He mentions that Rebecca Nurse was also named, but admits that he doubts her a witch due to her extreme piousness, though he emphasizes that anything is possible. Hale is skeptical about the Proctors' devotion to Christianity, noting that they do not attend church regularly and that their second child has not yet been baptized ; John replies that this is because he has no respect for Parris.
Challenged to recite the Ten CommandmentsJohn fatefully forgets "thou shalt not commit adultery". When Hale questions her, Elizabeth is angered that he does not question Abigail first. Unsure of how to proceed, Hale prepares to take his leave. At Elizabeth's urging, John tells Hale he knows that the girl's afflictions are fake. When Hale responds that many of the accused have confessed, John points out that they were bound to be hanged if they did not; Hale reluctantly acknowledges this point.
Suddenly, Giles Corey and Francis Nurse enter the house and inform John and Hale that both of their wives have been arrested on charges of witchcraft; Martha Corey for reading suspicious books and Rebecca Nurse on charges of sacrificing children. A posse led by clerk Ezekiel Cheever and town marshal George Herrick arrive soon afterwards and present a warrant for Elizabeth's arrest, much to Hale's surprise. Cheever picks up the poppet on Elizabeth's table and finds a needle inside.
He informs John that Abigail had a pain-induced fit earlier that evening and a needle was found stuck into her stomach; Abigail claimed that Elizabeth stabbed her with the needle through witchcraft, using a poppet as a conduit.
John brings Mary into the room to tell the truth; Mary asserts that she made the doll and stuck the needle into it, and that Abigail saw her do so.
Cheever is unconvinced and prepares to arrest Elizabeth.
John becomes greatly angered, tearing the arrest warrant to shreds and threatening Herrick and Cheever with a musket until Elizabeth calms him down and surrenders herself.
He calls Hale a coward and asks him why the accusers' every utterance goes unchallenged.
Hale is conflicted, but suggests that perhaps this misfortune has befallen Salem because of a great, secret crime that must be brought to light. Taking this to heart, John orders Mary to go to court with him and expose the other girls' lies, and she protests vehemently. Aware of John's affair, she warns him that Abigail is willing to expose it if necessary.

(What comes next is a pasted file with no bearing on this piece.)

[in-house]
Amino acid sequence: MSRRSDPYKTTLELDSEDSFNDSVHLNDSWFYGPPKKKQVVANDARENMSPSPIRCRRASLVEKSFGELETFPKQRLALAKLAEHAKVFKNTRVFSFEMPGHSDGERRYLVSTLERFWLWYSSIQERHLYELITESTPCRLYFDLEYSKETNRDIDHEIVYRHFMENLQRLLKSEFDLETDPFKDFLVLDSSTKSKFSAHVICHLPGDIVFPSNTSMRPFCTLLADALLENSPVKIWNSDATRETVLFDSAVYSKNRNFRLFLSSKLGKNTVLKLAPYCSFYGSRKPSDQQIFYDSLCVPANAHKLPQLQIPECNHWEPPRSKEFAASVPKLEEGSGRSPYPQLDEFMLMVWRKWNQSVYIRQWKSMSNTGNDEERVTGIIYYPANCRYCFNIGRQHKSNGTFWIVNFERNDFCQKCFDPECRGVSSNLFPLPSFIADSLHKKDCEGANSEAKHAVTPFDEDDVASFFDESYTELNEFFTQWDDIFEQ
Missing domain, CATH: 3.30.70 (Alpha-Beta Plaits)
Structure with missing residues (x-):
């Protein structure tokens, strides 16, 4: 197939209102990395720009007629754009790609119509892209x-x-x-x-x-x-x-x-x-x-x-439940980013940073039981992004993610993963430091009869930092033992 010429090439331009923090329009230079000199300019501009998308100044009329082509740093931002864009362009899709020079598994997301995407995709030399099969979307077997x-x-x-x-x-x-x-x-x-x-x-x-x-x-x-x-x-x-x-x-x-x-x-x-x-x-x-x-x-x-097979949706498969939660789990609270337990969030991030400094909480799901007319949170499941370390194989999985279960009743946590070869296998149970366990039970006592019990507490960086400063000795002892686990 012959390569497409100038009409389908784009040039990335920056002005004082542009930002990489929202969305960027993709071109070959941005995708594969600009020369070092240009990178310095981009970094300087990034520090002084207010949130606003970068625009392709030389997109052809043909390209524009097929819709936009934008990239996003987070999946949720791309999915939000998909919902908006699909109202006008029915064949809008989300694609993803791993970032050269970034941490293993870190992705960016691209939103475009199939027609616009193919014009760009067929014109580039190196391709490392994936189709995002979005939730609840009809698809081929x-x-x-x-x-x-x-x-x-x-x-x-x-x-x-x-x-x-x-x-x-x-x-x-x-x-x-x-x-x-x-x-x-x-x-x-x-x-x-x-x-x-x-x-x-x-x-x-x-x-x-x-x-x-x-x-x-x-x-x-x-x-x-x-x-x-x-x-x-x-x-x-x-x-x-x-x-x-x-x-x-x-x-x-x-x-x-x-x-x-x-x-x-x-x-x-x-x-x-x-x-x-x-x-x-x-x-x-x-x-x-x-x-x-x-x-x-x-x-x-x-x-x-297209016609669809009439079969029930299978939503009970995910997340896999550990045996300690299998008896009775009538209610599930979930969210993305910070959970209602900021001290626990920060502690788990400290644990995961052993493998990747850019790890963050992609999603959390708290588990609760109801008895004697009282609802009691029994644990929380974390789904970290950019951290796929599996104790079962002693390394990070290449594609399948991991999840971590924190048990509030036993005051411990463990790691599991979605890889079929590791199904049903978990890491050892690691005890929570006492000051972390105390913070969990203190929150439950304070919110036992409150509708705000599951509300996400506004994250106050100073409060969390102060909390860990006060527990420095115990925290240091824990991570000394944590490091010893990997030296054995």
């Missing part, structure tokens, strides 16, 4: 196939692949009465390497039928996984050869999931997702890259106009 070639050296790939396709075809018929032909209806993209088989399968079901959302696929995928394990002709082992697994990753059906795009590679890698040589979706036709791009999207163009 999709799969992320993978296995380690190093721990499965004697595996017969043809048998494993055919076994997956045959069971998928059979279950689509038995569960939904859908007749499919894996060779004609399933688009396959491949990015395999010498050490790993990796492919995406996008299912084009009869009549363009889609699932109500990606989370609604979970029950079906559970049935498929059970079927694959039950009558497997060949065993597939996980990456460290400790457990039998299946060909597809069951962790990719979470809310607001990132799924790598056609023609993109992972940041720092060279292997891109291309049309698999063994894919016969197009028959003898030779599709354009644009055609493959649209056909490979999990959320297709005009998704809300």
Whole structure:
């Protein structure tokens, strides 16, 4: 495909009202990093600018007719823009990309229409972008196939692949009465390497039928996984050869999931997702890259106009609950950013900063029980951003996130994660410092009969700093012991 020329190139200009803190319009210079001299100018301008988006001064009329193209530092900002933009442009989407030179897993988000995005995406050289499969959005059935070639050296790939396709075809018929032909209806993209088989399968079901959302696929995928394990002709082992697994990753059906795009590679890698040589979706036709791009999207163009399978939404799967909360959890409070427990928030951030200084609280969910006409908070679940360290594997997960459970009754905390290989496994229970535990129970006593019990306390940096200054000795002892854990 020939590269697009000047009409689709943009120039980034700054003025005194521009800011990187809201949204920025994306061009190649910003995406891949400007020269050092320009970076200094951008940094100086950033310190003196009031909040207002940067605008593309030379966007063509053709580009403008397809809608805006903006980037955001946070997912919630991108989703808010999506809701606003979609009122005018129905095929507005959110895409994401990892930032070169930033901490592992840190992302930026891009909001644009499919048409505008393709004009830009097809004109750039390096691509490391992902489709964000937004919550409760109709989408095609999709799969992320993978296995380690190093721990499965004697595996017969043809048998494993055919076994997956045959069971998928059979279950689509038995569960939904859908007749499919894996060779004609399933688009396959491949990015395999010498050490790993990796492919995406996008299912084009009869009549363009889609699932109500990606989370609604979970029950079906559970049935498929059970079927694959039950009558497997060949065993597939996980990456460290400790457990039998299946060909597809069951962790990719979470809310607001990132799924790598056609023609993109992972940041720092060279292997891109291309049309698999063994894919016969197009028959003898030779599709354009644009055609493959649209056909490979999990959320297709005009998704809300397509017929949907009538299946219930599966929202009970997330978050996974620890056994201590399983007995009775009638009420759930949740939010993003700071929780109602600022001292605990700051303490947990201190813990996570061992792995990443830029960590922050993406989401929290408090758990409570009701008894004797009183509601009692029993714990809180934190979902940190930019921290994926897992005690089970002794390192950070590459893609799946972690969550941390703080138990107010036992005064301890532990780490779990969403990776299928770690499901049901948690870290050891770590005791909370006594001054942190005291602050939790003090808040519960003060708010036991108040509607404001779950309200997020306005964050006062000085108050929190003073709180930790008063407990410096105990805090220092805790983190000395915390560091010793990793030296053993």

John is shocked but determines the truth must prevail, whatever the personal cost. Francis and Giles desperately interrupt the proceedings, demanding to be heard. The court is recessed and the men thrown out of the main room, reconvening in an adjacent room. Danforth then informs an unaware John that Elizabeth is pregnant, and promises to spare her from execution until the child is born, hoping to persuade John to withdraw his case. John refuses to back down and submits a deposition signed by ninety-one locals attesting to the good character of Elizabeth, Rebecca Nurse and Martha Corey.
Parris is a bitter and selfish man whom cares very little for anything but his own reputation, therefore earning him more enemies and hostility than allies. Ann Putnam also plays her part in the accusations of witchcraft in Salem Village. Her bitterness and grievances are caused by the death of her seven children within hours of their birth.
Ann Putnam is worried that the devil will take her only living child away and in an attempt to ease the pain of her deceased daughters slightly, accuses Rebecca Nurse of murdering of her babies. Through the accusations of Goody Nurse, Elizabeth and Goody Corey, many more people have reasons to attempt to overthrow the court, thus creating more hatred, tension and enmity.